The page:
I have observed in the last couple weeks a few issues with my routine with which I’m trying to cope. It takes some effort, but I know that if I’m too attached to my routine I will become overly obsessed with it and downright grumpy about it when it doesn’t work out as planned.
Here’s my conundrum: For weeks I’ve had an established wake-up time of 6:30, which offers me the time I want for chanting and meditation before my wife leaves for work. These have been daily features for me which I not only look forward to and enjoy, but I find set my mind right for the rest of the day. Ideally, I’d get up even thirty minutes earlier, but the issue at hand has become that of bed time and restful sleep.
Working an evening shift means, on a good day, I’m probably in bed around 11:30. If I work overtime, I’m setting my bedtime back, or if baby Aly wakes up more than twice in the middle of the night (like the last two, while she’s been ill), such disturbances cause my morning routine to falter — I end up getting up closer to 8:30.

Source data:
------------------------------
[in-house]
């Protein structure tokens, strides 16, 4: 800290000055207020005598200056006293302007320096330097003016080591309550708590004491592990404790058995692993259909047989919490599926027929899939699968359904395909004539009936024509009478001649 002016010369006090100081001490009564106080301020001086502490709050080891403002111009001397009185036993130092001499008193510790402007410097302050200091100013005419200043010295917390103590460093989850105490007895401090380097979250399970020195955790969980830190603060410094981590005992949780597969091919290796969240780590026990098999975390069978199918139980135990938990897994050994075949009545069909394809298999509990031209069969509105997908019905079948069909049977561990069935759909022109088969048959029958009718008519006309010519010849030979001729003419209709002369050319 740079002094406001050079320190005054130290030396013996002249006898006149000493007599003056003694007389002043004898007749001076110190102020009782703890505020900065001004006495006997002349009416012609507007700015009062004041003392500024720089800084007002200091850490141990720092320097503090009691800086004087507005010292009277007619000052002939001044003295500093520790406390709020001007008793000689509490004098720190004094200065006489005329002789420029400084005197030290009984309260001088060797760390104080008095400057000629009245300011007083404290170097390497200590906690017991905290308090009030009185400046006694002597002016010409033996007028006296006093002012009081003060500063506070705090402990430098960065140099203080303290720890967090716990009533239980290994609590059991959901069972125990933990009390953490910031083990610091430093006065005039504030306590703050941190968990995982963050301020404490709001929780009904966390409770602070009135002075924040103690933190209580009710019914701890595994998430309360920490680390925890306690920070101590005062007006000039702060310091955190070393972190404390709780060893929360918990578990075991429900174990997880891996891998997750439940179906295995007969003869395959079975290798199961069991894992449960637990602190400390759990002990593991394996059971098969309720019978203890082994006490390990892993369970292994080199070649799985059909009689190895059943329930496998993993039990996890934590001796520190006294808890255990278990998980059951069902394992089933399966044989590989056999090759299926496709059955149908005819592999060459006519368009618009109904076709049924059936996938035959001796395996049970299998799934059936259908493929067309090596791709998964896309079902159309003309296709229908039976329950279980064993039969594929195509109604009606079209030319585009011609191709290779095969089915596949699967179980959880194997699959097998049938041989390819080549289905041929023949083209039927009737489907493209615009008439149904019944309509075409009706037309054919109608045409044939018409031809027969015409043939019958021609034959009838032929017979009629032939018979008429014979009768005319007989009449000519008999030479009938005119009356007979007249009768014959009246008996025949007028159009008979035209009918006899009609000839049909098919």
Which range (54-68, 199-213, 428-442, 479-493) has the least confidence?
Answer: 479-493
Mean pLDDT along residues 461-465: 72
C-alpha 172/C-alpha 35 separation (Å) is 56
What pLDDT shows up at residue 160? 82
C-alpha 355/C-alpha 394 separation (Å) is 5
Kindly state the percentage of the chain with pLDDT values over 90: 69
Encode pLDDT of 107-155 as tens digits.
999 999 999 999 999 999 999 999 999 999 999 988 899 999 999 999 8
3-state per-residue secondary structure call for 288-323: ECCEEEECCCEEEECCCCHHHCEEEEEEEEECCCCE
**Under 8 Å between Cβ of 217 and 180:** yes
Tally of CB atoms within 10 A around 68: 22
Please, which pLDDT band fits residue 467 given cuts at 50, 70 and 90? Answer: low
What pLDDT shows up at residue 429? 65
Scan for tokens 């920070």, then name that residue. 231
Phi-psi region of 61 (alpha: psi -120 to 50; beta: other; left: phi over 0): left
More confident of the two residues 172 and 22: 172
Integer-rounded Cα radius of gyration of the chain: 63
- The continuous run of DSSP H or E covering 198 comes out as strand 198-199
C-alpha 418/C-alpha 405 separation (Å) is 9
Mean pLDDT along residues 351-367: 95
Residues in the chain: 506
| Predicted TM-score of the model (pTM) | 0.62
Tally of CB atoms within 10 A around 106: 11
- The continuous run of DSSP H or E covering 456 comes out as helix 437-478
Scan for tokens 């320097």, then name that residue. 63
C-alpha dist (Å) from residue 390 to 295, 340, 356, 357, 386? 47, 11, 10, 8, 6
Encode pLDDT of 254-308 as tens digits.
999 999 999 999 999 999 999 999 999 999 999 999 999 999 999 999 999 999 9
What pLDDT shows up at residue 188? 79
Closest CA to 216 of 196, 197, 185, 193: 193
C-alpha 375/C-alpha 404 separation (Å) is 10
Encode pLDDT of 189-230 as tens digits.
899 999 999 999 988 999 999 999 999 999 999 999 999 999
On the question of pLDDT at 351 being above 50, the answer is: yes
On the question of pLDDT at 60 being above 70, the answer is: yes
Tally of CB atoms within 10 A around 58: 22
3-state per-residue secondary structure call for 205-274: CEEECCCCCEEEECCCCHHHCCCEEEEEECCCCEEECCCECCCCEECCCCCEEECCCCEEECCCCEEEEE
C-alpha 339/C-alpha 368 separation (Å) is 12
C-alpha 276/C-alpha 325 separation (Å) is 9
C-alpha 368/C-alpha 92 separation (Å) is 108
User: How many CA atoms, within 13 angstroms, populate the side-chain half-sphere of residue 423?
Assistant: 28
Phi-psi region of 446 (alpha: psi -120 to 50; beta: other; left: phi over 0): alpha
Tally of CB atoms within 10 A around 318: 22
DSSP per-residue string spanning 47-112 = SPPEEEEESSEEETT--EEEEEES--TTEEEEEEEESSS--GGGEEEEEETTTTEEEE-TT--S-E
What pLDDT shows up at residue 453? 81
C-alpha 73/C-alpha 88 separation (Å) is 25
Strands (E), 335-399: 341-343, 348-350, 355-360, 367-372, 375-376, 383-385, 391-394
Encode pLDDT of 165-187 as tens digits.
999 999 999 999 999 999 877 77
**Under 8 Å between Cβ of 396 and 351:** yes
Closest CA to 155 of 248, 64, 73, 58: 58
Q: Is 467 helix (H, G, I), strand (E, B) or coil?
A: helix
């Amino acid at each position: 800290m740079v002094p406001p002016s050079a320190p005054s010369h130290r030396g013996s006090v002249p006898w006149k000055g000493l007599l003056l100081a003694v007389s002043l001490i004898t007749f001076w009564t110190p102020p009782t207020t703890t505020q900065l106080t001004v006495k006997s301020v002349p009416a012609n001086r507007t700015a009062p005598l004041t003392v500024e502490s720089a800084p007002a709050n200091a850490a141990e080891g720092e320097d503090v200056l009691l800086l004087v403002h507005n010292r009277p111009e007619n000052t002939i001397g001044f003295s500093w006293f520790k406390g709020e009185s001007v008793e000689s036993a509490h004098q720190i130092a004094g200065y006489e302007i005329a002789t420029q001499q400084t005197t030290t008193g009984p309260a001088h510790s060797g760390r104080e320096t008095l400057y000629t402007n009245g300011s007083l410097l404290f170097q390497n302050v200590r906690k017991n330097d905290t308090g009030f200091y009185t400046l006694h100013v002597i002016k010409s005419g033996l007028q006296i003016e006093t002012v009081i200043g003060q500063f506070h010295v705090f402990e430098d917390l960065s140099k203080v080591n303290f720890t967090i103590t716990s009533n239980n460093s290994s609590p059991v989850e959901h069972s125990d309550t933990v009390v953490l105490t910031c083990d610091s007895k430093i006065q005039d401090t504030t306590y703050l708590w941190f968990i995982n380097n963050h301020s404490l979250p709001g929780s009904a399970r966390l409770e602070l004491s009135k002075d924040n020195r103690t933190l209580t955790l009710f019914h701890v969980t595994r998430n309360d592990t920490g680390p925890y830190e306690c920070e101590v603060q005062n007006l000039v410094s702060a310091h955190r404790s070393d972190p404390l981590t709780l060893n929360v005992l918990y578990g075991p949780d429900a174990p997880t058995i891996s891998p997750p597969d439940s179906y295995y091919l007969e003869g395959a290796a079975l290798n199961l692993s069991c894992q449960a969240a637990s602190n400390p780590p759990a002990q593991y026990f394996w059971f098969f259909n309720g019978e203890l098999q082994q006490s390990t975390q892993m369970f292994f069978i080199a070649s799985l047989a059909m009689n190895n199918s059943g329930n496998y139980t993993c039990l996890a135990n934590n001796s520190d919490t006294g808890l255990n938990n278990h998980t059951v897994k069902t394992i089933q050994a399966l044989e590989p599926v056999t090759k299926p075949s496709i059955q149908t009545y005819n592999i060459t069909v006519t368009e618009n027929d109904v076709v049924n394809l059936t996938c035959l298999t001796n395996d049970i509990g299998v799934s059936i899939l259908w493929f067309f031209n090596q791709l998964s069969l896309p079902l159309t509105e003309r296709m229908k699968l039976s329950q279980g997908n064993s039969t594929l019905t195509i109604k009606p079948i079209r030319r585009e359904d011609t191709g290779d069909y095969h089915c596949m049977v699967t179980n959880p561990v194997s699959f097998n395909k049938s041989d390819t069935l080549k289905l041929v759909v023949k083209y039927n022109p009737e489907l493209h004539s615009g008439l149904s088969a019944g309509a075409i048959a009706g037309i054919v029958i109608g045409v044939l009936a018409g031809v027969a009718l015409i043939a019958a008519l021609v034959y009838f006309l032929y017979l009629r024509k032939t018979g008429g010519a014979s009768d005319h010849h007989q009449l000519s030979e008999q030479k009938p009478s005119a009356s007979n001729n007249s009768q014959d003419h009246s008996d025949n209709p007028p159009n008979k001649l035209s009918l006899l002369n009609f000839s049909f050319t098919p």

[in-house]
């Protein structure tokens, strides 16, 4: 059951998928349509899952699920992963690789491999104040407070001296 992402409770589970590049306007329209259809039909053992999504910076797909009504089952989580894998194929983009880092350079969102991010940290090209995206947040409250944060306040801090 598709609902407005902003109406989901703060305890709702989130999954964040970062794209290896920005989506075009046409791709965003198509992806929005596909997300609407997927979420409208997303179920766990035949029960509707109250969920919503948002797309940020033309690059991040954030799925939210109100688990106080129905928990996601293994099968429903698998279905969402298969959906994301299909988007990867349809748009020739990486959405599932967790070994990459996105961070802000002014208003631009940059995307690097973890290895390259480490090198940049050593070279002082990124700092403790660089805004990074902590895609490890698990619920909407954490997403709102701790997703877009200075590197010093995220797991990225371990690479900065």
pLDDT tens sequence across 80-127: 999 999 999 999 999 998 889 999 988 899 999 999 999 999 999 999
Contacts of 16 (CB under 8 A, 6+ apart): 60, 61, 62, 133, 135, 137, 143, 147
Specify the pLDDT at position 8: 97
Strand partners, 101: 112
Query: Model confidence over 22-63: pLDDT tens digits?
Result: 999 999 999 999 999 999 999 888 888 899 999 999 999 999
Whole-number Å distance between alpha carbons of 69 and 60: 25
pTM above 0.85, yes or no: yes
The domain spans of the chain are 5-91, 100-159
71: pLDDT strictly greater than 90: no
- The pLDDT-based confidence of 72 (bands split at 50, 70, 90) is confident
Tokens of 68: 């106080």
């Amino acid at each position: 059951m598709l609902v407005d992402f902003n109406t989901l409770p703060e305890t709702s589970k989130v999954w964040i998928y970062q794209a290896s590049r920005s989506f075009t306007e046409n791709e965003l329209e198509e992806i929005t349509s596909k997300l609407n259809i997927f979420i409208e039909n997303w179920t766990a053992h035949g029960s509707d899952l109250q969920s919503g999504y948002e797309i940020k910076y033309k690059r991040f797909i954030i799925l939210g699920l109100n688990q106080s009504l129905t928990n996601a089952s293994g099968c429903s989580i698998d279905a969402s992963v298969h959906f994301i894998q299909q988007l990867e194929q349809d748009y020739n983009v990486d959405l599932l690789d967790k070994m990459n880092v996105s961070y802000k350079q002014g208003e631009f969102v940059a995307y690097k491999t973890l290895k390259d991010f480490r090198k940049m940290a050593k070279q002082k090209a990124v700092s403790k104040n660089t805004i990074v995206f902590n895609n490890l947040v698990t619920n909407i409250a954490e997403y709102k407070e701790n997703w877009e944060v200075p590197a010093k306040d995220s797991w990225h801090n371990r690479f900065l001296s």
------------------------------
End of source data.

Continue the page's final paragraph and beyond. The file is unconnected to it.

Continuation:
This may come off a little as a whine, but it is more of an acknowledgement on my part. I admit that a problem exists and acknowledge the fact that I’m having a hard time, but I resolve to not give up. A lot of people seem to give up on things when they get difficult, but I know my intentions are good and, quite frankly, so is the result.
So will I be resuming the 6:30 wake up time? Most certainly, but I need to resume it while simultaneously letting go of the expectation of it. If something comes up, I resolve to be willingly flexible (as opposed to reluctantly so).
My morning ritual (or any other ritual, for that matter) isn’t the point here — being okay with whatever life throws at me really is. Equanimity such as this is a major facet of my goals in life and, sure, I’m far from realizing this type of perfection on many levels (as my wife could certainly attest), but I’m practicing, and I invite you to practice too. If we could all just take life as it comes instead of trying to make it what we want it to be, we’d experience a lot less suffering ourselves and cause a lot less for others too.
Be well, friends. I will write again soon.